Last week’s Privilege Point described a wise Connecticut court’s recognition that federal courts sitting in diversity should not automatically apply their host jurisdiction’s privilege law — but instead apply their host jurisdiction’s choice of law principles when determining applicable privilege law. Parimal v. Manitex Int’l, Inc., Civ. No. 3:19CV01910 (MPS), 2021 U.S. Dist. LEXIS 20429 (D. Conn. Feb. 3, 2021).
Applying Connecticut’s Second Restatement’s “most significant relationship” standard, the court first rejected plaintiff’s focus on the pertinent contract’s relationship with Connecticut — explaining that “the Court is not tasked to decide the breach of contract claim,” but instead deal with privilege. Id. at *17. The court then settled on defendant’s “focus not on the state’s relationship with the contract, but instead, on the state’s relationship with the communications.” Id. at *16. After noting that most of the communications involved Illinois residents, the court concluded that “it would be wholly unreasonable for a corporation located in Illinois discussing legal matters with attorneys located in, and barred by, other states, to anticipate that those communications would be subject to Connecticut law.” Id. at *18. So the Connecticut court applied Illinois privilege law (including its “stricter approach” to “communications that implicate both legal and business advice”). Id. at *15.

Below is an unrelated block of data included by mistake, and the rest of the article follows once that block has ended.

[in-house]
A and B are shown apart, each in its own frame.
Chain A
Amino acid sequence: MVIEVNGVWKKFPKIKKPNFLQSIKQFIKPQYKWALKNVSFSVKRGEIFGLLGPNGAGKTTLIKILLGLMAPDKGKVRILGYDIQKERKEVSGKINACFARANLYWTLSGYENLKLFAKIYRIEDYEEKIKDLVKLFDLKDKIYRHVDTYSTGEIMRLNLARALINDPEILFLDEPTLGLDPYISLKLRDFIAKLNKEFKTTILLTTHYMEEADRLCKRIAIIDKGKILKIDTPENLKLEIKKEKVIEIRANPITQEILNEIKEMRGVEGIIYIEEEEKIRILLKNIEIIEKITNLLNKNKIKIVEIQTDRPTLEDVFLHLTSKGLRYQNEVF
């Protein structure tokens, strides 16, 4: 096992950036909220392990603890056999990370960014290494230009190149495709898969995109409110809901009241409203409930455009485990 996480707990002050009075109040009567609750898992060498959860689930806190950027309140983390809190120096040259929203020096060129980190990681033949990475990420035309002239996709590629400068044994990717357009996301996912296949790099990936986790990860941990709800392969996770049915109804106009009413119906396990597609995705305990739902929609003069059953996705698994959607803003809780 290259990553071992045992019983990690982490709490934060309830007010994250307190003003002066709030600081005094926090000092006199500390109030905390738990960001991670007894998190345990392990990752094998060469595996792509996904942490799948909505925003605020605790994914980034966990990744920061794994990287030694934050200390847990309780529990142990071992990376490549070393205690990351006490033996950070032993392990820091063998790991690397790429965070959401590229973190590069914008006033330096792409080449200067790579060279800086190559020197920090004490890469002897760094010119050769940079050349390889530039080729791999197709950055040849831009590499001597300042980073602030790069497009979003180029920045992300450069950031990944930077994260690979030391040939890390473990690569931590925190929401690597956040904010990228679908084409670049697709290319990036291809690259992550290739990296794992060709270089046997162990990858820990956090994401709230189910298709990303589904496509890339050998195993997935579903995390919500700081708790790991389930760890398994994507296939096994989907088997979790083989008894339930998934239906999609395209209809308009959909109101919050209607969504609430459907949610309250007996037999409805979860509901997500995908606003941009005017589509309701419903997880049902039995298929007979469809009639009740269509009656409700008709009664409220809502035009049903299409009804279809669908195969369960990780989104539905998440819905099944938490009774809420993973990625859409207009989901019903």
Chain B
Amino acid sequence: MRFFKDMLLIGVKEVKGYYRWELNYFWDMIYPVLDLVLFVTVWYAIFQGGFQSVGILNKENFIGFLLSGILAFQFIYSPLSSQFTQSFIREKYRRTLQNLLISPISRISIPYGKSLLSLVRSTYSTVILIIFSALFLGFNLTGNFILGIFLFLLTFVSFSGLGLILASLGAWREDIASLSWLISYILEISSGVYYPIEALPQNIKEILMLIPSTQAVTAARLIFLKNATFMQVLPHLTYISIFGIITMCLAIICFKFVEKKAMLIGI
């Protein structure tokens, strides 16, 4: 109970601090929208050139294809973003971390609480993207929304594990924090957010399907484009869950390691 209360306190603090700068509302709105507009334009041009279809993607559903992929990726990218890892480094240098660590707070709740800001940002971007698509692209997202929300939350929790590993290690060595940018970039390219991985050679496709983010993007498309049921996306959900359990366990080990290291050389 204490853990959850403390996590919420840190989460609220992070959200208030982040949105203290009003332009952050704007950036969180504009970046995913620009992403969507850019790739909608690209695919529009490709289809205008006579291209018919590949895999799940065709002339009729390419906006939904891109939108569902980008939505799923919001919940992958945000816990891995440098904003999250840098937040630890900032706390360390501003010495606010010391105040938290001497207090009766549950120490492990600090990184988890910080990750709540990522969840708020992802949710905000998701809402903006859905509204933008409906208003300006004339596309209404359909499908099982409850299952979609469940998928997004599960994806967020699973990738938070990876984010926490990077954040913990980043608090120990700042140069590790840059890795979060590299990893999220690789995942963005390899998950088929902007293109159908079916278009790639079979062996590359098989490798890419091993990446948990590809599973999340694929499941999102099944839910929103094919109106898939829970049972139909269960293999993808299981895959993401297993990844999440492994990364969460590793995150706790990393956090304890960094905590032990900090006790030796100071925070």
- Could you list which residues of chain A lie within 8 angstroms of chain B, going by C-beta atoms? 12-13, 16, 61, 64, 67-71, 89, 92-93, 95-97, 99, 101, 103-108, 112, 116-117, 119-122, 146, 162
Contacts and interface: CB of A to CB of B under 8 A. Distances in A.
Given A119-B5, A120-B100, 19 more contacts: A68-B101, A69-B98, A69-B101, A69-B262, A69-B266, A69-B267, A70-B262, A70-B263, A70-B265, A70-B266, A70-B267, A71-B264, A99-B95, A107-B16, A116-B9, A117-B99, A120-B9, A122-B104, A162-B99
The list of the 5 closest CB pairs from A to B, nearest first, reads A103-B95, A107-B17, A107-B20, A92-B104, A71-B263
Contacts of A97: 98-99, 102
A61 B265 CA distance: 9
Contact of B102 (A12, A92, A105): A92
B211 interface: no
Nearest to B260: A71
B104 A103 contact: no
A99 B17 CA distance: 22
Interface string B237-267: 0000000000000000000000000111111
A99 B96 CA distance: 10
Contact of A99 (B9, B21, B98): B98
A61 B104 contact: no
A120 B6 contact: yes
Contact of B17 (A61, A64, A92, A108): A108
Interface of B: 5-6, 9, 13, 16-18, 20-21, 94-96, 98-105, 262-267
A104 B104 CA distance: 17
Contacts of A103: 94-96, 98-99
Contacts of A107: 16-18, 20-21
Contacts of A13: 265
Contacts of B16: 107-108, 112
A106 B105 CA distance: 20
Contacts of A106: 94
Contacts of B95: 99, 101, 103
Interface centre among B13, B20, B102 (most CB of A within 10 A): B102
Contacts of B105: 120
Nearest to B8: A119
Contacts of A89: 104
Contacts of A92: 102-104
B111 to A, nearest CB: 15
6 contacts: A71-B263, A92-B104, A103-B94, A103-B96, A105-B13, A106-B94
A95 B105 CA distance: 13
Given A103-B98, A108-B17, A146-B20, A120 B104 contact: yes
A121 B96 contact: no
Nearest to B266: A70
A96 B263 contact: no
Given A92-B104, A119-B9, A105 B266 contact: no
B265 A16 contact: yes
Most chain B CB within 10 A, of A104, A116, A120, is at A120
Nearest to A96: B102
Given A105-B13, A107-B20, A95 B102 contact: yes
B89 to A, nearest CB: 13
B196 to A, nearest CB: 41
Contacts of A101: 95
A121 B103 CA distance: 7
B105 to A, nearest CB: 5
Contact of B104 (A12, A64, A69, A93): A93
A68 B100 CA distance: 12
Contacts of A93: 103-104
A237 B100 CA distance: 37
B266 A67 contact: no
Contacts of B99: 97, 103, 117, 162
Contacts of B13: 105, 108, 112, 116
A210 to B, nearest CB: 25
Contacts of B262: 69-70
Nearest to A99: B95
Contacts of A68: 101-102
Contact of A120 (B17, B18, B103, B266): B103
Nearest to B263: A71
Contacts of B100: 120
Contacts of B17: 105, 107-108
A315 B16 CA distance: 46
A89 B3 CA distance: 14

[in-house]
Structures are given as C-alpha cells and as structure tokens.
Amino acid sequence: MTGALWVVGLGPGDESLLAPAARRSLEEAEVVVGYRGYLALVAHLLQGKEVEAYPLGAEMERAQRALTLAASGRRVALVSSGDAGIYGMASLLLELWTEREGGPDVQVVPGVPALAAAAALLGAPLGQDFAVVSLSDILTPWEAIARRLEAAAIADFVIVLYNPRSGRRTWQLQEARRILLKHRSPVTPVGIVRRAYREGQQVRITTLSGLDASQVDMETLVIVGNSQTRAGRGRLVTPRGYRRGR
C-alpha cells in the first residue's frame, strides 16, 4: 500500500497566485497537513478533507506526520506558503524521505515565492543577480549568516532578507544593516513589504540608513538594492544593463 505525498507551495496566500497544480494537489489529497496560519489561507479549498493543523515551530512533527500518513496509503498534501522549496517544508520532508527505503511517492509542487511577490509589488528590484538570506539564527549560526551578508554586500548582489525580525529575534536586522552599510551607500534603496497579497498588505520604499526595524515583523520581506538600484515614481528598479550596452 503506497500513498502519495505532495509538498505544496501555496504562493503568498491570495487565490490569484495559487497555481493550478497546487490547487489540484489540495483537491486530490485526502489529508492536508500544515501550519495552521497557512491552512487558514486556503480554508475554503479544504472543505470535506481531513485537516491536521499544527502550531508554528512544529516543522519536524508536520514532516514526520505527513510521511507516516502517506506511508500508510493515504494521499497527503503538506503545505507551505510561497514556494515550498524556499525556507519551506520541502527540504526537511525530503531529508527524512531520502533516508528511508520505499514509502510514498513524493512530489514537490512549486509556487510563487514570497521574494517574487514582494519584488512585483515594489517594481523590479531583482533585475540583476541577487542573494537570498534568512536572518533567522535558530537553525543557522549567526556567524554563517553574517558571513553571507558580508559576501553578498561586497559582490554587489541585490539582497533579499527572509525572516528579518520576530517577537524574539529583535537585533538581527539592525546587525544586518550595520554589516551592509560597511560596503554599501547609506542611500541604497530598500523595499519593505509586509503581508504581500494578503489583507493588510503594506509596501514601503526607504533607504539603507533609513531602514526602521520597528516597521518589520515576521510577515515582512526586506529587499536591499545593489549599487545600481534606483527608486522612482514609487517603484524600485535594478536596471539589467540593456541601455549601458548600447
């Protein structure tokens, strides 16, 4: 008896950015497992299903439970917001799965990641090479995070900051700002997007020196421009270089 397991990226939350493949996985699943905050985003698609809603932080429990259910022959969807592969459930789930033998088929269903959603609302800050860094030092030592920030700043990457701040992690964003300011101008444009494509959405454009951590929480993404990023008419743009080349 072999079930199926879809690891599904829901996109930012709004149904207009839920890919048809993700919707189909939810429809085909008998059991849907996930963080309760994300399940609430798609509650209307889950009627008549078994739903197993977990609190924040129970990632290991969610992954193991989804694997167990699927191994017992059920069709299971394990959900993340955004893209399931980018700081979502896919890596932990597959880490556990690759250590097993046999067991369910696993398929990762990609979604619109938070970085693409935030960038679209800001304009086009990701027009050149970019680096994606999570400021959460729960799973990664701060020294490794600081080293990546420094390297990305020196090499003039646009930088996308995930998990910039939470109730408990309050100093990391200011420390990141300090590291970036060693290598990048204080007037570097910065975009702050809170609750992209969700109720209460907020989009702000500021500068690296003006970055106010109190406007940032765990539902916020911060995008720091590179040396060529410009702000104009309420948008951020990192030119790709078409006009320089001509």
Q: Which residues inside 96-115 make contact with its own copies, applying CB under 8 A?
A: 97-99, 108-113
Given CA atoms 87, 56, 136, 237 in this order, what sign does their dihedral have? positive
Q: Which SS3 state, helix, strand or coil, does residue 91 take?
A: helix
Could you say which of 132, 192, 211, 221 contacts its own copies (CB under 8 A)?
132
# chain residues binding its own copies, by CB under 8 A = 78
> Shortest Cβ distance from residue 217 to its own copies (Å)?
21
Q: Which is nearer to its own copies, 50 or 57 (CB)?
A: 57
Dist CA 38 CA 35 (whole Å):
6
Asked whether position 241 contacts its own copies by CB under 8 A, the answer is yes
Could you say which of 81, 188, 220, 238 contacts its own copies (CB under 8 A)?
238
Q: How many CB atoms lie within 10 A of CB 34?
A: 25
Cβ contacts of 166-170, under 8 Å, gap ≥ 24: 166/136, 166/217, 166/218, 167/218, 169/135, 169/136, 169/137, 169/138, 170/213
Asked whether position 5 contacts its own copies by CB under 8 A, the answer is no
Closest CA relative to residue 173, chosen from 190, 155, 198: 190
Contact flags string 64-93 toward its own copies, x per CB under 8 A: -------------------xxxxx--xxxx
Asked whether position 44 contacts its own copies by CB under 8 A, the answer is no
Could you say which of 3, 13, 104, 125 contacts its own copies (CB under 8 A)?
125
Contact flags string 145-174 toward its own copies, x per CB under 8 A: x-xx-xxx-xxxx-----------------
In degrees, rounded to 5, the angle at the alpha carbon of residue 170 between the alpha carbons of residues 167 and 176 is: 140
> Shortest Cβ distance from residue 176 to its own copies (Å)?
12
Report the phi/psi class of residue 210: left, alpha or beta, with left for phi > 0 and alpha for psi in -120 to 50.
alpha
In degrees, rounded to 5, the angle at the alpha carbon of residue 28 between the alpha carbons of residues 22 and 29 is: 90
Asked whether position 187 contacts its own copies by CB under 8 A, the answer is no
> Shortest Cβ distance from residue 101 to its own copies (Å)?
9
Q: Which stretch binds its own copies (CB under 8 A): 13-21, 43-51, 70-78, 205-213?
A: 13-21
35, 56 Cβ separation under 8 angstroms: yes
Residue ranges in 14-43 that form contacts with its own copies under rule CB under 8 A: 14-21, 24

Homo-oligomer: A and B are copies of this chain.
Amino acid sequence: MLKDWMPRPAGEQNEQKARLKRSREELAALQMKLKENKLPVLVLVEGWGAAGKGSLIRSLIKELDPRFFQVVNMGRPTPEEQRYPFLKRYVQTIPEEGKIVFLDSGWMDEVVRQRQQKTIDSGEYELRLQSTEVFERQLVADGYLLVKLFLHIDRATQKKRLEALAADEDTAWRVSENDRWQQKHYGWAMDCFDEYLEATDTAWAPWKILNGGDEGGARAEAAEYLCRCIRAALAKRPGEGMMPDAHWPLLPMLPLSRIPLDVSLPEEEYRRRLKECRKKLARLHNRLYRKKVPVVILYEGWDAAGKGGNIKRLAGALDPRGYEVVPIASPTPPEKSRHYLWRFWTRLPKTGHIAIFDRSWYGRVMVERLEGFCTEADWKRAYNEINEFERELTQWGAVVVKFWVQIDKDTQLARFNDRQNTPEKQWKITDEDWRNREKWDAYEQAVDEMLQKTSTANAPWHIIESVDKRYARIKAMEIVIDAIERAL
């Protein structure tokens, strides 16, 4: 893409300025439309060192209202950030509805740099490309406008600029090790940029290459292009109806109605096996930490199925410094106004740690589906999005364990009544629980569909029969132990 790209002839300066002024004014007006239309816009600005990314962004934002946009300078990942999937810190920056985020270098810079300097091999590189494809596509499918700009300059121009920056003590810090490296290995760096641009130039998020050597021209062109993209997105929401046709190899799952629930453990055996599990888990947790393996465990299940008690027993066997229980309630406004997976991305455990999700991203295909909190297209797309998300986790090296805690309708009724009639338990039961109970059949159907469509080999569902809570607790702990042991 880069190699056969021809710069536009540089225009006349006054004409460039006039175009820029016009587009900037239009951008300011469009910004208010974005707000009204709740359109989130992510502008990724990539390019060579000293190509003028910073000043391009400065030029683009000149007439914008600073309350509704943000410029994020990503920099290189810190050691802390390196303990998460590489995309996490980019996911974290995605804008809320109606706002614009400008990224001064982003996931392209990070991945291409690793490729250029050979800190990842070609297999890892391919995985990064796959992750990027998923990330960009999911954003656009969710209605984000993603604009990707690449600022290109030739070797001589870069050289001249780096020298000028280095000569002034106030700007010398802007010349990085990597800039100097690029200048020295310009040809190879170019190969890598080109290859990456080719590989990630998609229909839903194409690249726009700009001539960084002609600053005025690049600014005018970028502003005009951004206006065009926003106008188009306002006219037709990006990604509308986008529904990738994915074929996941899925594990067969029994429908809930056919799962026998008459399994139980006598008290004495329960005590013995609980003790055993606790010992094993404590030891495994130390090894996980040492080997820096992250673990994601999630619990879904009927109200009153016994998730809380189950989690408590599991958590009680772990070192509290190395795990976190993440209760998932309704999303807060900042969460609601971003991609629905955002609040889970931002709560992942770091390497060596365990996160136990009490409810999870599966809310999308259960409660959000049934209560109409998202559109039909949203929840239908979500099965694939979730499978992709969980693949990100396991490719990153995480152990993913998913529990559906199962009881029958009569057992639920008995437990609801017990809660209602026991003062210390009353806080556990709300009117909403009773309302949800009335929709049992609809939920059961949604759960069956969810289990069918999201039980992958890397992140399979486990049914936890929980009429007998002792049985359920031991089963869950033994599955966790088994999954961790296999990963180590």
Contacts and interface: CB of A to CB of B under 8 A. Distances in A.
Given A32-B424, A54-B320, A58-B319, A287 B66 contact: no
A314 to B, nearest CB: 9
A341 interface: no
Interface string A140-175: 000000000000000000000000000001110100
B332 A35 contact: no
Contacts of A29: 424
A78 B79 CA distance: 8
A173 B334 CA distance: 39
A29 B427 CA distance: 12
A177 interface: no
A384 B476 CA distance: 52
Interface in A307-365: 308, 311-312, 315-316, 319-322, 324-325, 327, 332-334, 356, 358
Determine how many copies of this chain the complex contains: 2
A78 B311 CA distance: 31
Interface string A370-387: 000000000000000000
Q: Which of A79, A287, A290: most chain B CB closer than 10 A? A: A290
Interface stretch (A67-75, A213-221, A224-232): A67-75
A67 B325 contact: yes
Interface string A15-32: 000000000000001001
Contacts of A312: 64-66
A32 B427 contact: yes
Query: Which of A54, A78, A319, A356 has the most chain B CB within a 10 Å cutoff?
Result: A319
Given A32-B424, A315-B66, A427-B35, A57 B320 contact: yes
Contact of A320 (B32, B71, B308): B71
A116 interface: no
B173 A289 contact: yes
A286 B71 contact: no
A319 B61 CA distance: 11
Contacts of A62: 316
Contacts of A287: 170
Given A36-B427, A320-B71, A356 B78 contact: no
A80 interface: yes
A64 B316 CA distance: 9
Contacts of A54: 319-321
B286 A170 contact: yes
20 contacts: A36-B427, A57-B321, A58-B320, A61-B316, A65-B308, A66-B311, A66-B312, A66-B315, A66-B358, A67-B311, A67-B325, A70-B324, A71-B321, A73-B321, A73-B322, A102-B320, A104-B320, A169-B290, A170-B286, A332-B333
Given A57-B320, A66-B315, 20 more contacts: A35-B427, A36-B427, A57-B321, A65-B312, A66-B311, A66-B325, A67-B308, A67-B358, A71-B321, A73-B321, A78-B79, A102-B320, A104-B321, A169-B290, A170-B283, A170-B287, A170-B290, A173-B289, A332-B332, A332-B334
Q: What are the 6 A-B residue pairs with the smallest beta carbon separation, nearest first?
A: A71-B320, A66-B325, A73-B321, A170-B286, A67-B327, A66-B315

Although federal courts sitting in diversity apply varying factors in their choice of law analyses, the most logical factor would seem to be the communicating persons’ location — which presumably governed their confidentiality (and thus implicitly their privilege) expectations when they communicated.